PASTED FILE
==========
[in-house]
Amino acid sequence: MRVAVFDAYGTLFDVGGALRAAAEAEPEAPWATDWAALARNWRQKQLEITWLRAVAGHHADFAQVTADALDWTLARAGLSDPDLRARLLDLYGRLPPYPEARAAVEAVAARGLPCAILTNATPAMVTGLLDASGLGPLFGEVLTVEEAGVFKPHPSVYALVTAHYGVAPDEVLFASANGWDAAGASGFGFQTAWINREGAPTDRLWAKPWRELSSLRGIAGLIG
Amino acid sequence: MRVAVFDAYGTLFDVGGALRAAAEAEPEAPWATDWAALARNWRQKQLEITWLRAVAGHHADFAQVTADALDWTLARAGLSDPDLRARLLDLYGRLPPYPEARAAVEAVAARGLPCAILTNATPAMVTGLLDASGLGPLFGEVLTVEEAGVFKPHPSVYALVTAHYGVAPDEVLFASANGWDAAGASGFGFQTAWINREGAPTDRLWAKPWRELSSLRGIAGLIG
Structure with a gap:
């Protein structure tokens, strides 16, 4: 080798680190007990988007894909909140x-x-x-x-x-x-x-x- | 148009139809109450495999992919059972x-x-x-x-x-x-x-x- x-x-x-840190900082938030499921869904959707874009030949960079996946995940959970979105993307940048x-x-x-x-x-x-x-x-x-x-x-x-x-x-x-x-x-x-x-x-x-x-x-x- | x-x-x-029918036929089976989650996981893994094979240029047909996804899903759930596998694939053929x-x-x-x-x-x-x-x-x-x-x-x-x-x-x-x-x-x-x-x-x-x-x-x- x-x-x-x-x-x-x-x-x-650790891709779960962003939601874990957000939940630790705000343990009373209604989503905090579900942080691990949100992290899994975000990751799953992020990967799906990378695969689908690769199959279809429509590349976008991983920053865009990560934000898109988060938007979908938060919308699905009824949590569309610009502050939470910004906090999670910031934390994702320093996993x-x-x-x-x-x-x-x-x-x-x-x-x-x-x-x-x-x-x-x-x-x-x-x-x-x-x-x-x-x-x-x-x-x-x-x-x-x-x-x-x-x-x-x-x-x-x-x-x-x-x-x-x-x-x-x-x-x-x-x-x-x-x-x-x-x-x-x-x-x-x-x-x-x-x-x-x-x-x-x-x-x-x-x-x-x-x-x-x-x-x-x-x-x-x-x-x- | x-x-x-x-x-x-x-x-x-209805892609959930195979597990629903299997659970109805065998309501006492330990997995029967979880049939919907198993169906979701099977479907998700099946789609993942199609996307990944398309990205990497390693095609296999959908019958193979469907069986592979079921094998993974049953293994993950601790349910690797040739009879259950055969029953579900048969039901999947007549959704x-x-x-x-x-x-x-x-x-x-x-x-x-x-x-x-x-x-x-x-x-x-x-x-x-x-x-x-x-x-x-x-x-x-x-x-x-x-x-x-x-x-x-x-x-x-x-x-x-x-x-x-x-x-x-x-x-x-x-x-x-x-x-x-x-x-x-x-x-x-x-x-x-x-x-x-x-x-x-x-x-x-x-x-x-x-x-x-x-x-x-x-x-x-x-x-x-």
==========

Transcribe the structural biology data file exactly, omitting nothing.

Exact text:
[in-house]
Amino acid sequence: MRVAVFDAYGTLFDVGGALRAAAEAEPEAPWATDWAALARNWRQKQLEITWLRAVAGHHADFAQVTADALDWTLARAGLSDPDLRARLLDLYGRLPPYPEARAAVEAVAARGLPCAILTNATPAMVTGLLDASGLGPLFGEVLTVEEAGVFKPHPSVYALVTAHYGVAPDEVLFASANGWDAAGASGFGFQTAWINREGAPTDRLWAKPWRELSSLRGIAGLIG
Amino acid sequence: MRVAVFDAYGTLFDVGGALRAAAEAEPEAPWATDWAALARNWRQKQLEITWLRAVAGHHADFAQVTADALDWTLARAGLSDPDLRARLLDLYGRLPPYPEARAAVEAVAARGLPCAILTNATPAMVTGLLDASGLGPLFGEVLTVEEAGVFKPHPSVYALVTAHYGVAPDEVLFASANGWDAAGASGFGFQTAWINREGAPTDRLWAKPWRELSSLRGIAGLIG
Structure with a gap:
């Protein structure tokens, strides 16, 4: 080798680190007990988007894909909140x-x-x-x-x-x-x-x- | 148009139809109450495999992919059972x-x-x-x-x-x-x-x- x-x-x-840190900082938030499921869904959707874009030949960079996946995940959970979105993307940048x-x-x-x-x-x-x-x-x-x-x-x-x-x-x-x-x-x-x-x-x-x-x-x- | x-x-x-029918036929089976989650996981893994094979240029047909996804899903759930596998694939053929x-x-x-x-x-x-x-x-x-x-x-x-x-x-x-x-x-x-x-x-x-x-x-x- x-x-x-x-x-x-x-x-x-650790891709779960962003939601874990957000939940630790705000343990009373209604989503905090579900942080691990949100992290899994975000990751799953992020990967799906990378695969689908690769199959279809429509590349976008991983920053865009990560934000898109988060938007979908938060919308699905009824949590569309610009502050939470910004906090999670910031934390994702320093996993x-x-x-x-x-x-x-x-x-x-x-x-x-x-x-x-x-x-x-x-x-x-x-x-x-x-x-x-x-x-x-x-x-x-x-x-x-x-x-x-x-x-x-x-x-x-x-x-x-x-x-x-x-x-x-x-x-x-x-x-x-x-x-x-x-x-x-x-x-x-x-x-x-x-x-x-x-x-x-x-x-x-x-x-x-x-x-x-x-x-x-x-x-x-x-x-x- | x-x-x-x-x-x-x-x-x-209805892609959930195979597990629903299997659970109805065998309501006492330990997995029967979880049939919907198993169906979701099977479907998700099946789609993942199609996307990944398309990205990497390693095609296999959908019958193979469907069986592979079921094998993974049953293994993950601790349910690797040739009879259950055969029953579900048969039901999947007549959704x-x-x-x-x-x-x-x-x-x-x-x-x-x-x-x-x-x-x-x-x-x-x-x-x-x-x-x-x-x-x-x-x-x-x-x-x-x-x-x-x-x-x-x-x-x-x-x-x-x-x-x-x-x-x-x-x-x-x-x-x-x-x-x-x-x-x-x-x-x-x-x-x-x-x-x-x-x-x-x-x-x-x-x-x-x-x-x-x-x-x-x-x-x-x-x-x-």